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The Capital Ethnography Project
By Jesse Cheng
Capital Cases columns.
In 1978, Colin Turnbull posed a question to his fellow anthropologists: Could anthropology, as the discipline that purported to make sense of humankind, see the humanity in those whom society has condemned to death?
“[T]he approach of anthropology is dual — or should be,” he said. “As a science it looks for organization, structure, consistency…As a humanity it is concerned with values and with people. In this latter respect we have to deal with whether capital punishment is cruel and unusual.”1 If anthropology was to hold itself out as the academic spokes-discipline for the value of life — any life — and the need to understand all of humanity, then it had to start with those most vilified “others” right here at home.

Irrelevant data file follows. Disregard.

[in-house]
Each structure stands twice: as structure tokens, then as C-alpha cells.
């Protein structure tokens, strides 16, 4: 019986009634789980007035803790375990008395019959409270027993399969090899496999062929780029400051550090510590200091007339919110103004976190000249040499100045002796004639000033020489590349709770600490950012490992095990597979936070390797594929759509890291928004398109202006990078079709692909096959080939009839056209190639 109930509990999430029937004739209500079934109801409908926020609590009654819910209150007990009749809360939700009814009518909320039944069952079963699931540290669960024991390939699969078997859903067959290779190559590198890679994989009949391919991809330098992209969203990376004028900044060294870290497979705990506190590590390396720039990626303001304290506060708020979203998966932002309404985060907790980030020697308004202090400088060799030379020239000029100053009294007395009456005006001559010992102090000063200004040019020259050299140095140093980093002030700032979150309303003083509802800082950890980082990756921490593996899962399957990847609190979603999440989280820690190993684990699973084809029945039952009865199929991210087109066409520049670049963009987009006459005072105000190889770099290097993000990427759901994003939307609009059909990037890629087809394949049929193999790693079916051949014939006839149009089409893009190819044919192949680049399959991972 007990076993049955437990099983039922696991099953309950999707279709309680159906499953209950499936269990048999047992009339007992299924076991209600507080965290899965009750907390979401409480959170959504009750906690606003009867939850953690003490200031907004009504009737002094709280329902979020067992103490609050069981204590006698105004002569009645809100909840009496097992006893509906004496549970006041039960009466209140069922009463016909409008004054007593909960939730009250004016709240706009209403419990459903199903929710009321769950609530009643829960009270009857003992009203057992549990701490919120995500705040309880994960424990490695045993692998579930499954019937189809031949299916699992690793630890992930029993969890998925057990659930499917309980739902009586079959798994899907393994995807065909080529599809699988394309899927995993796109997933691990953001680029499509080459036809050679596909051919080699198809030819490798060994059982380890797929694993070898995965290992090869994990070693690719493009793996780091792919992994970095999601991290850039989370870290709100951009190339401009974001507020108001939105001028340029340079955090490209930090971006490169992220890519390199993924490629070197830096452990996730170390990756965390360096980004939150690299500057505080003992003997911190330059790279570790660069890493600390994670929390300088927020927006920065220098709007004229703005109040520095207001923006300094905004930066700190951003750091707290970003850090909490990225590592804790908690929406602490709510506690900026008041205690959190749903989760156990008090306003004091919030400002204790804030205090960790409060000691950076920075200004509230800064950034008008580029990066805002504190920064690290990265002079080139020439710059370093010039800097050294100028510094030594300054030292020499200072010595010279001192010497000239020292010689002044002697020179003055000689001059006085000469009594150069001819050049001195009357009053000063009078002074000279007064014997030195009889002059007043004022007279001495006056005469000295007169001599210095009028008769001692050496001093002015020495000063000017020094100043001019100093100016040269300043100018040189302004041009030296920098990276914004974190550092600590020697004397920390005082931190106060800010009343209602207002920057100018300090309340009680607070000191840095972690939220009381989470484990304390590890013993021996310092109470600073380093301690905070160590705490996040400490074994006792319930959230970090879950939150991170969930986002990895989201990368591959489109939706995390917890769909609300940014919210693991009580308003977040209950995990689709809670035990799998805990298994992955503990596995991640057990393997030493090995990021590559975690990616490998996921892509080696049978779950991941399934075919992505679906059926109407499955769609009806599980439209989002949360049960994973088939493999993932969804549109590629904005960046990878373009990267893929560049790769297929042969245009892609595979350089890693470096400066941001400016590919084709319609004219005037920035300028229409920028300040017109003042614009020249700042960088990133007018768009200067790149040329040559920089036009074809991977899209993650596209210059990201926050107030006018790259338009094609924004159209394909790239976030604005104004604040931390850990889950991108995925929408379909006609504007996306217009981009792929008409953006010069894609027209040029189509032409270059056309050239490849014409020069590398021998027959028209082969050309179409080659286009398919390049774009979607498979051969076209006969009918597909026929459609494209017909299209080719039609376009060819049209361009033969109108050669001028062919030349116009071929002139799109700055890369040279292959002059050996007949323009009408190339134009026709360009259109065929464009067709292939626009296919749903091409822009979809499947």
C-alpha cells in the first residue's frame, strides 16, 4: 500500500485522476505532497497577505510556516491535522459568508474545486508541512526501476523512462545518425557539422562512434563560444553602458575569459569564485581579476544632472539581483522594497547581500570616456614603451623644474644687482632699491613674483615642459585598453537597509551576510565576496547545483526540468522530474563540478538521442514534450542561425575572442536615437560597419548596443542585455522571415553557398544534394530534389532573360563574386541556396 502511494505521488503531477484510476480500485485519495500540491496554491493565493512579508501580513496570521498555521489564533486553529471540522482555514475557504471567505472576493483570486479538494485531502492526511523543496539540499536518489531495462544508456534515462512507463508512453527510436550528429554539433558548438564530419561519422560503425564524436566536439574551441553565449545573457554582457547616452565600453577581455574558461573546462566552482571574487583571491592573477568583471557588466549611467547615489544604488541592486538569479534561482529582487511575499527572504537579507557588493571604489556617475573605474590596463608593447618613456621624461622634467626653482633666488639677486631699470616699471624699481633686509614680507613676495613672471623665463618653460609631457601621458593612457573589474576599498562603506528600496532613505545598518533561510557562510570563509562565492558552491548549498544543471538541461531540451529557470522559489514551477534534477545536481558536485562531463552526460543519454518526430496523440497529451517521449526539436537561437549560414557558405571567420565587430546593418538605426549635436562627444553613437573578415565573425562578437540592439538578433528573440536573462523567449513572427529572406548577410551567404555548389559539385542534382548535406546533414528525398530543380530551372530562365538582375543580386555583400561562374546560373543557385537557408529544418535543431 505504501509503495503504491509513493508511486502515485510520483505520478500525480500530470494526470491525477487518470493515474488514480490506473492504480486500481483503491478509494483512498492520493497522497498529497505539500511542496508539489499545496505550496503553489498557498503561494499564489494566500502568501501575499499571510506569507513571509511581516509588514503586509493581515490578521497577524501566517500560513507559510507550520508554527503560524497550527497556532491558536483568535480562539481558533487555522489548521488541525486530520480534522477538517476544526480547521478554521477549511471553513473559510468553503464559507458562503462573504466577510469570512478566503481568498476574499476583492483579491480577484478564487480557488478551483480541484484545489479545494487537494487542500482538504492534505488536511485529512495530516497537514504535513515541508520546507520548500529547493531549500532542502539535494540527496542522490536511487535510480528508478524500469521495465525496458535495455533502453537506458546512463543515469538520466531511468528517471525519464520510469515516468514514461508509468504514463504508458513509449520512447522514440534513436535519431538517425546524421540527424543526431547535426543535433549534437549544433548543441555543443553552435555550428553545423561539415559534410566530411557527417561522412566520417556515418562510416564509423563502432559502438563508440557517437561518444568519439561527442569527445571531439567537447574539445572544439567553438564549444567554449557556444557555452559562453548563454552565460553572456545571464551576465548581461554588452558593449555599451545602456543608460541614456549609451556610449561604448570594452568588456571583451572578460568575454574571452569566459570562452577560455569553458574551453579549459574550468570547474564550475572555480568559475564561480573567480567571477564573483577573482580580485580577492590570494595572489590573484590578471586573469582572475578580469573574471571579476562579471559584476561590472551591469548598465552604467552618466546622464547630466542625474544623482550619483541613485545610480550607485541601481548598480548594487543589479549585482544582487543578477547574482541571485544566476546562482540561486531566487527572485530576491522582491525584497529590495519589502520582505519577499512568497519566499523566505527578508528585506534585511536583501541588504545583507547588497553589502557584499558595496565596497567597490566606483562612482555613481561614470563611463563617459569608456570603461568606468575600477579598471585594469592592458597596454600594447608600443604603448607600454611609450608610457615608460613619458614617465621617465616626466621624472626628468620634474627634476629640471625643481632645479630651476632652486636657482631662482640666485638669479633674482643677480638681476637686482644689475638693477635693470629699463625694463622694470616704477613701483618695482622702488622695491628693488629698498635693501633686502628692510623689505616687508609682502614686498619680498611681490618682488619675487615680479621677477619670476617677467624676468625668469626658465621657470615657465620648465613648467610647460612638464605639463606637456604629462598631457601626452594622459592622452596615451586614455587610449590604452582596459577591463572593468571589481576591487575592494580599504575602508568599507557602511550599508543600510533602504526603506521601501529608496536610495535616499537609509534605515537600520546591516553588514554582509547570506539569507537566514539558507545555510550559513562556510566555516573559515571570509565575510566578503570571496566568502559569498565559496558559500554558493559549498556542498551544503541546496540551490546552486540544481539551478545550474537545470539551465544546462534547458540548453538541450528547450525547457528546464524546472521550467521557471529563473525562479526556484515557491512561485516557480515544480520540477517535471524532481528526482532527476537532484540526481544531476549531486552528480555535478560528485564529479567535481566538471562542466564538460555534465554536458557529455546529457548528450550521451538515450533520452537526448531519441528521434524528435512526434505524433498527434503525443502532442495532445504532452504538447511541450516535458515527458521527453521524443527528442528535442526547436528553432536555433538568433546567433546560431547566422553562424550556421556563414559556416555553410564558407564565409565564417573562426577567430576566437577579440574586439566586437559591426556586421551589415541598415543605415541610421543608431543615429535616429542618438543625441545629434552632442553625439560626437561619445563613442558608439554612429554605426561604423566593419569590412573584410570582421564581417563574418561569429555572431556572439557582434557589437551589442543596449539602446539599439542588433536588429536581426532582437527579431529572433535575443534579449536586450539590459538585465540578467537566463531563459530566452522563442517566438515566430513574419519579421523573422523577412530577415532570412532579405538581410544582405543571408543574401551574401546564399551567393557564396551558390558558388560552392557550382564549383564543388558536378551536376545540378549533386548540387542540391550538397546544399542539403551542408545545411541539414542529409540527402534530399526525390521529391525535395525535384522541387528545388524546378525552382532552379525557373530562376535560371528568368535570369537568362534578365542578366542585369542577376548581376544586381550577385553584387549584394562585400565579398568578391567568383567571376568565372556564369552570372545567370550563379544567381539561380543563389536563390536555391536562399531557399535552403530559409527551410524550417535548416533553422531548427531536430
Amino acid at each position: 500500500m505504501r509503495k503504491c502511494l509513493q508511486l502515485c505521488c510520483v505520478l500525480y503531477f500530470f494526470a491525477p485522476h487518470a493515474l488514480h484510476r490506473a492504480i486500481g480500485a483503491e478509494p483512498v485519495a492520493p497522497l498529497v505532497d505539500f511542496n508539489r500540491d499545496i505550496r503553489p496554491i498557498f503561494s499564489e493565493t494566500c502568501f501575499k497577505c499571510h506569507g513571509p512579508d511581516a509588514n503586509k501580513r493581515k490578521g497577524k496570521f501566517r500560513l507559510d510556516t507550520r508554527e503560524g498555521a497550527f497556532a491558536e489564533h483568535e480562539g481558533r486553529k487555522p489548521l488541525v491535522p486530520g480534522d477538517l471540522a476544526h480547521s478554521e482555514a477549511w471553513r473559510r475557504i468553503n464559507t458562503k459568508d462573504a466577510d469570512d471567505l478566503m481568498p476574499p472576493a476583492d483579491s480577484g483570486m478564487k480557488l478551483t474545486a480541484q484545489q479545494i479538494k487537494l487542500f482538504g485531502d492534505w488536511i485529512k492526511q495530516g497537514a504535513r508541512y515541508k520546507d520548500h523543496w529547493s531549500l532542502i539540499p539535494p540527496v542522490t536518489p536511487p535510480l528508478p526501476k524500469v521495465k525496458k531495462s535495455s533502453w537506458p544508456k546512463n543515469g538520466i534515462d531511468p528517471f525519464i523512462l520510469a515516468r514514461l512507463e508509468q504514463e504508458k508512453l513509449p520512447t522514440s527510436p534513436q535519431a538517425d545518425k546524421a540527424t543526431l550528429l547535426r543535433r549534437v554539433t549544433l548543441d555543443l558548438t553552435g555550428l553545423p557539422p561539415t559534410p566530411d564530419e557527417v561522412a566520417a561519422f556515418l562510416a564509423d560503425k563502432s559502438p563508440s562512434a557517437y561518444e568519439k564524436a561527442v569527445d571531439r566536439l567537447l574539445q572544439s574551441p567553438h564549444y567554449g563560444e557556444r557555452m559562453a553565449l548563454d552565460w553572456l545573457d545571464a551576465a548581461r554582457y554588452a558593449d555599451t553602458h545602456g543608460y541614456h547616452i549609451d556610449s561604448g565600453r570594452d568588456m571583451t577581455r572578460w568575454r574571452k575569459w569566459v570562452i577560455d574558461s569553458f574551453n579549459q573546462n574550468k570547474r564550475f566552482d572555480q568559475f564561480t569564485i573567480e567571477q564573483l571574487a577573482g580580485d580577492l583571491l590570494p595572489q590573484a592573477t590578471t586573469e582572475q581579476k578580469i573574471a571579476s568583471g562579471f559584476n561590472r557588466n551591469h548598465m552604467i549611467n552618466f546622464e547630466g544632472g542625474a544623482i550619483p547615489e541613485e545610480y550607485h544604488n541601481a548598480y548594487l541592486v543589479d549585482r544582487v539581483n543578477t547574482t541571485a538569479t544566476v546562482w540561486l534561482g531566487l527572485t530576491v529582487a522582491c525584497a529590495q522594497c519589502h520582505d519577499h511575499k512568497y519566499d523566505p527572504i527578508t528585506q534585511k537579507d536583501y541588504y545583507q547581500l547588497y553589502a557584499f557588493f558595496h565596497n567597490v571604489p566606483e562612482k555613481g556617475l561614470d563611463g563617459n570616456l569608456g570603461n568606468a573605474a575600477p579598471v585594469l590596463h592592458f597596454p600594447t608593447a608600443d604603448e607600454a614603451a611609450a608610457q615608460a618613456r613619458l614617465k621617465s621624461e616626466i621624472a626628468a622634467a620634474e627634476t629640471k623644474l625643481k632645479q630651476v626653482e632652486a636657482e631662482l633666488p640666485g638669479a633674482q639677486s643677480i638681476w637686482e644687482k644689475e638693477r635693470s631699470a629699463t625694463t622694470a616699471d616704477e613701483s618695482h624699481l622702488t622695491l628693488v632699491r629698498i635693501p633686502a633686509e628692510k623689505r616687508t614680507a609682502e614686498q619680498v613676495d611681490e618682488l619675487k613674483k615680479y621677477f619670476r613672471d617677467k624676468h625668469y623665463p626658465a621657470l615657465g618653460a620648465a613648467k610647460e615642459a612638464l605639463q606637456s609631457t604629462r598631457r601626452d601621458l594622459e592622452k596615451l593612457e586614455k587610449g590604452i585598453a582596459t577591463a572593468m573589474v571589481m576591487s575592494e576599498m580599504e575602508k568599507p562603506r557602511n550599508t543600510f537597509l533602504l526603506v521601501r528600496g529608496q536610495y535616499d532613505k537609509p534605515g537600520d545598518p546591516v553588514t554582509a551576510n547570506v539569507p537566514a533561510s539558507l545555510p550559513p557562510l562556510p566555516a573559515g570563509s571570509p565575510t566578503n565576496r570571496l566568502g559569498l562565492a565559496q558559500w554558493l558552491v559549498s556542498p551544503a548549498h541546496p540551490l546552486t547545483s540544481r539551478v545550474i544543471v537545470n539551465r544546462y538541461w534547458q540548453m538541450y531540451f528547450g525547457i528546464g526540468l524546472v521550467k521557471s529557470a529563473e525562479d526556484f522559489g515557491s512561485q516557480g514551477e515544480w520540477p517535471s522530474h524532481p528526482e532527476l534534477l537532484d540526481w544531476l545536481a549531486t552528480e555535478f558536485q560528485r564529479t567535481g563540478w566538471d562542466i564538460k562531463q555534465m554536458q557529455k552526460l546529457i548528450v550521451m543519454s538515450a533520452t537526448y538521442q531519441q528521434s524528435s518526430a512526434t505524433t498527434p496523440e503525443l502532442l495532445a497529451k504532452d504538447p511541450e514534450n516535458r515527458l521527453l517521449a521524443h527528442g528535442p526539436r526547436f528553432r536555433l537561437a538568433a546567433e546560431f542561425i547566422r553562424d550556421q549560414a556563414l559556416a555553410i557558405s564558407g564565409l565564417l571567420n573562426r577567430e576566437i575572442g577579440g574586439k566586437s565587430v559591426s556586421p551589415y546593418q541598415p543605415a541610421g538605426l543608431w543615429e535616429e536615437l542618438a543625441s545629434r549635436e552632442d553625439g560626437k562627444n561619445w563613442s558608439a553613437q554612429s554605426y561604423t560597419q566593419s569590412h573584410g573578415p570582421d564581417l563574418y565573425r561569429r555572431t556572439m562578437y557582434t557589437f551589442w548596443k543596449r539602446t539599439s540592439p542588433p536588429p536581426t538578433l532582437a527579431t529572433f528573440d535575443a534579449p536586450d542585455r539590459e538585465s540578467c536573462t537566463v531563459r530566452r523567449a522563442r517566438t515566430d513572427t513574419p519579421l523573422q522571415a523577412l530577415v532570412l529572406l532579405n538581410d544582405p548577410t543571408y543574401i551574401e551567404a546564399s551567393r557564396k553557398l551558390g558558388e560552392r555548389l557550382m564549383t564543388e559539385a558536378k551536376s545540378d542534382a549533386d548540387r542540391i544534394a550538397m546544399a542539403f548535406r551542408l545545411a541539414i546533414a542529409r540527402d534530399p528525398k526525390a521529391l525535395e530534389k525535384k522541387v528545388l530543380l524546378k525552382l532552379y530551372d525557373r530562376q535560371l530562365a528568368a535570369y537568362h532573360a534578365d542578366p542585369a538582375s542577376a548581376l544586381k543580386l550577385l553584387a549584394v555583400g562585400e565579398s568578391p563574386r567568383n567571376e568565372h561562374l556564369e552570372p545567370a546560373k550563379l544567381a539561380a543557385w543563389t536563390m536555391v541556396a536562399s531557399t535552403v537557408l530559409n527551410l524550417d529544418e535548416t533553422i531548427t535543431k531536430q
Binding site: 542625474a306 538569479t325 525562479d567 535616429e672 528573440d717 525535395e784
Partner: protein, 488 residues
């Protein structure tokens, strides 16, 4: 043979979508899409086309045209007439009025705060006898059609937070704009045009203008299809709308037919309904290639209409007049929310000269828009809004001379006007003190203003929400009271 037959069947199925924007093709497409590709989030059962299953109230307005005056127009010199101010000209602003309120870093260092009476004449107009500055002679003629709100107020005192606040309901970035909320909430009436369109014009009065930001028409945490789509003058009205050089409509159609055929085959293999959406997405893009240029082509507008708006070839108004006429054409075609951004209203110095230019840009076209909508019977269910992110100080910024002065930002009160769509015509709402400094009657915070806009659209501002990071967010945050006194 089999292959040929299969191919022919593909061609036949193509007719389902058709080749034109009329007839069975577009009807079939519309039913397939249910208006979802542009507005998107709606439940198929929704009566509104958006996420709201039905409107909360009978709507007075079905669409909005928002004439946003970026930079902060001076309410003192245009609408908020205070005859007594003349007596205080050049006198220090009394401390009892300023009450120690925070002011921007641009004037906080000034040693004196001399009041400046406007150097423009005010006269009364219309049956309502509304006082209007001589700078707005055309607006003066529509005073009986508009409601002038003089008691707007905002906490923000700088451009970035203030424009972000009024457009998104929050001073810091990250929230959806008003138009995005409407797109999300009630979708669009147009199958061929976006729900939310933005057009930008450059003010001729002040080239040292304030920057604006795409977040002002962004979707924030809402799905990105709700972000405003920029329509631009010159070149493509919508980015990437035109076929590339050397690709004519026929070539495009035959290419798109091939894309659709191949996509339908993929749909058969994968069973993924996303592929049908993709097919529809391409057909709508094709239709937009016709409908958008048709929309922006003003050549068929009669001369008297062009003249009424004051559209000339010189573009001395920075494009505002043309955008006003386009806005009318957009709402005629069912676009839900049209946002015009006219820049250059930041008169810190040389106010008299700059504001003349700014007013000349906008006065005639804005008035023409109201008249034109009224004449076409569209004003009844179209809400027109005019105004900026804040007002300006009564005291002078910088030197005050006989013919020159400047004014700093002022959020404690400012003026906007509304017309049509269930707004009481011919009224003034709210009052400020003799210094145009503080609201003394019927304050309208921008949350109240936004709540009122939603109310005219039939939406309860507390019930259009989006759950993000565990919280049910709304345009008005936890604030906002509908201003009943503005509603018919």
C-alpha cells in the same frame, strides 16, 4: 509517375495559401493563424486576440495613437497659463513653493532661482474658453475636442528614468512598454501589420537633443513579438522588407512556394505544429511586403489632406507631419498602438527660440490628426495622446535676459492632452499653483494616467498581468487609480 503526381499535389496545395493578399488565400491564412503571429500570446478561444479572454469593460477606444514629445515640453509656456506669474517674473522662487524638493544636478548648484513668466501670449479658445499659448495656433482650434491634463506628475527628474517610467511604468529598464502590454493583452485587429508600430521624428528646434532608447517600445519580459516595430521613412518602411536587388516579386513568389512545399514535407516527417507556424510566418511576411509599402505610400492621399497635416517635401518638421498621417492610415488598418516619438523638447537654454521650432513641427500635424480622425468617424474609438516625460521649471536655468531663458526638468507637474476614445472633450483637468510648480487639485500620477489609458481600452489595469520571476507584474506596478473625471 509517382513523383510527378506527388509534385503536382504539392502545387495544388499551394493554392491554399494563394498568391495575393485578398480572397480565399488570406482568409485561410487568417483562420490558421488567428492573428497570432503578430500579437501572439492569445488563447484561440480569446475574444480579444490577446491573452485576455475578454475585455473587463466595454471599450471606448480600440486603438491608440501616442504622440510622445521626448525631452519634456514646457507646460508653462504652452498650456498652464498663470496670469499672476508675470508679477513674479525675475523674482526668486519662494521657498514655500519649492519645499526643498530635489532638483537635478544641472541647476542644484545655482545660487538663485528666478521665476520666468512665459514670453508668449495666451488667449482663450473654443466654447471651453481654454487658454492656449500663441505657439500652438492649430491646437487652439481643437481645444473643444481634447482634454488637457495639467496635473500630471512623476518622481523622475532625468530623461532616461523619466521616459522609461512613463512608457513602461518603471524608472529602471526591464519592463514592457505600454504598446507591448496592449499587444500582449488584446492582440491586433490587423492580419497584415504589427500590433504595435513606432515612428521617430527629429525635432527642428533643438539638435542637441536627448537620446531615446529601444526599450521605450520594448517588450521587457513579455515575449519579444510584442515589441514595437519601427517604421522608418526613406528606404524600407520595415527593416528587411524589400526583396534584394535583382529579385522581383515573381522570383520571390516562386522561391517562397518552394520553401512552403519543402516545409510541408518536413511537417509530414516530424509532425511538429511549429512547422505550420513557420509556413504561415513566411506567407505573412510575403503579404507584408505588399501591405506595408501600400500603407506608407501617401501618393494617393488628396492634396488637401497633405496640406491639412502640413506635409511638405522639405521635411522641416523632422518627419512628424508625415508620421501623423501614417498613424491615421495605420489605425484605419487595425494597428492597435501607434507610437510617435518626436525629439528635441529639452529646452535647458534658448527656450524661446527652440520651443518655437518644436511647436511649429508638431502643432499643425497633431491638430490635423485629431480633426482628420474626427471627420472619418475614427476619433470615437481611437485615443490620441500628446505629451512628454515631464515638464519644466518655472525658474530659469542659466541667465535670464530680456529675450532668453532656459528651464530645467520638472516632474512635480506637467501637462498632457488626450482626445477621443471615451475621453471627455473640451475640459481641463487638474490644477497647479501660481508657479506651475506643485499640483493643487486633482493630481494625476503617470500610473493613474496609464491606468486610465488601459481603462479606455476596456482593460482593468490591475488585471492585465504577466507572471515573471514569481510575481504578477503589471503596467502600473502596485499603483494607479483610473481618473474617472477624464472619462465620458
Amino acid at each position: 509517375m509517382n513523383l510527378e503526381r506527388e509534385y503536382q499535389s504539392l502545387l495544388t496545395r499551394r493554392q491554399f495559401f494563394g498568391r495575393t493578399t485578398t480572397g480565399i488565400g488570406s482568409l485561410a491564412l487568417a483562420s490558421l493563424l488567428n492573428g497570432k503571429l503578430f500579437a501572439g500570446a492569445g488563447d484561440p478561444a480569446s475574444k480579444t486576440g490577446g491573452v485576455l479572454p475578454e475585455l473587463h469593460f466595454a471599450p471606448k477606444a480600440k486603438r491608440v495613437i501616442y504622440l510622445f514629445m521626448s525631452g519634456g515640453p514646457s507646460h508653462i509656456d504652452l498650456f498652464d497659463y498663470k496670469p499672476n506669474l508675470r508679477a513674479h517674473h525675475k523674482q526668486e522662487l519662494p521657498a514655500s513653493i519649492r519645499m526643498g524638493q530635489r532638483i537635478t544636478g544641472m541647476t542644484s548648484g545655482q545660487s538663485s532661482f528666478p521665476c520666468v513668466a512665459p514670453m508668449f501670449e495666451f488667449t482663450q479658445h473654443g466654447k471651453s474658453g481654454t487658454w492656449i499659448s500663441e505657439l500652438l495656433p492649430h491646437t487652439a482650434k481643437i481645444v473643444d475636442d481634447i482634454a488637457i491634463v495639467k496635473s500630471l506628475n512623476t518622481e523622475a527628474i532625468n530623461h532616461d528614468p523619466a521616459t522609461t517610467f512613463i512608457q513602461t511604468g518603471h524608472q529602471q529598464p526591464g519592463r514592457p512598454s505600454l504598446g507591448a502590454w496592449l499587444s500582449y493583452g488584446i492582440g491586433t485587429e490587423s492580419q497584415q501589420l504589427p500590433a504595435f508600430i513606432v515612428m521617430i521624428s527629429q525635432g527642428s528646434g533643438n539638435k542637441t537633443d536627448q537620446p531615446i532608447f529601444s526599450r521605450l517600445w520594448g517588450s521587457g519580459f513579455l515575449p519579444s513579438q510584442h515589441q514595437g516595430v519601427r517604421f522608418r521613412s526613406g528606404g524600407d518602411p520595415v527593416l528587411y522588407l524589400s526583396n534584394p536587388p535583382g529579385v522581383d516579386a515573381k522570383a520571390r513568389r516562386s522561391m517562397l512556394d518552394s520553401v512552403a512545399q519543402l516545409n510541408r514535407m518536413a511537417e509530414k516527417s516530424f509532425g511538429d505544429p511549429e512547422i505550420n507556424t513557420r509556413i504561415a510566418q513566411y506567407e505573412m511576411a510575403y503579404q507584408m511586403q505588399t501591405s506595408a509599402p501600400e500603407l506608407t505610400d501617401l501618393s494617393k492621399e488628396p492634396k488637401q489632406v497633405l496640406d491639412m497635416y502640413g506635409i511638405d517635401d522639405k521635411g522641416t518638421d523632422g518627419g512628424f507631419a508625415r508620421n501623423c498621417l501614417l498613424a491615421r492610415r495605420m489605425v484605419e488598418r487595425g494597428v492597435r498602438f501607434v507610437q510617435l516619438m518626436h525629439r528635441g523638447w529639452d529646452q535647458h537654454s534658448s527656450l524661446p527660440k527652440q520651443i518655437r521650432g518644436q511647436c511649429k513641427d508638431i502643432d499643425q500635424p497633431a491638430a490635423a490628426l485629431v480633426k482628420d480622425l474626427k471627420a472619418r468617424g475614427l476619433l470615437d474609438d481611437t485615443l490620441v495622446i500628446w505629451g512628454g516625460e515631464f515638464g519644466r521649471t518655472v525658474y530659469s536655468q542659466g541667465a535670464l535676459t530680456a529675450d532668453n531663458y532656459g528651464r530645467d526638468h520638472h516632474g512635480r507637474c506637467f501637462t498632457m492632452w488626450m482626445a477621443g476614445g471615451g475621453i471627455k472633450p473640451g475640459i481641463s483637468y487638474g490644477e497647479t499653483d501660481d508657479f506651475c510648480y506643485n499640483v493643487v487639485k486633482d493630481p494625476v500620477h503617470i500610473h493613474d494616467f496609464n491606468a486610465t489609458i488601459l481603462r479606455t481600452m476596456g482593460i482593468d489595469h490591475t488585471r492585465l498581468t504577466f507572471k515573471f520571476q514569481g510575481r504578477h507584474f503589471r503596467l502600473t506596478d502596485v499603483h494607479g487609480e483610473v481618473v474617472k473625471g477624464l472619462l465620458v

For Turnbull, the question was a rhetorical one; the cruel and unusual nature of capital punishment seemed obvious to him. In his investigations of prisoners on death row, what he saw were bodies languishing in physical captivity — but what he witnessed was the human spiri
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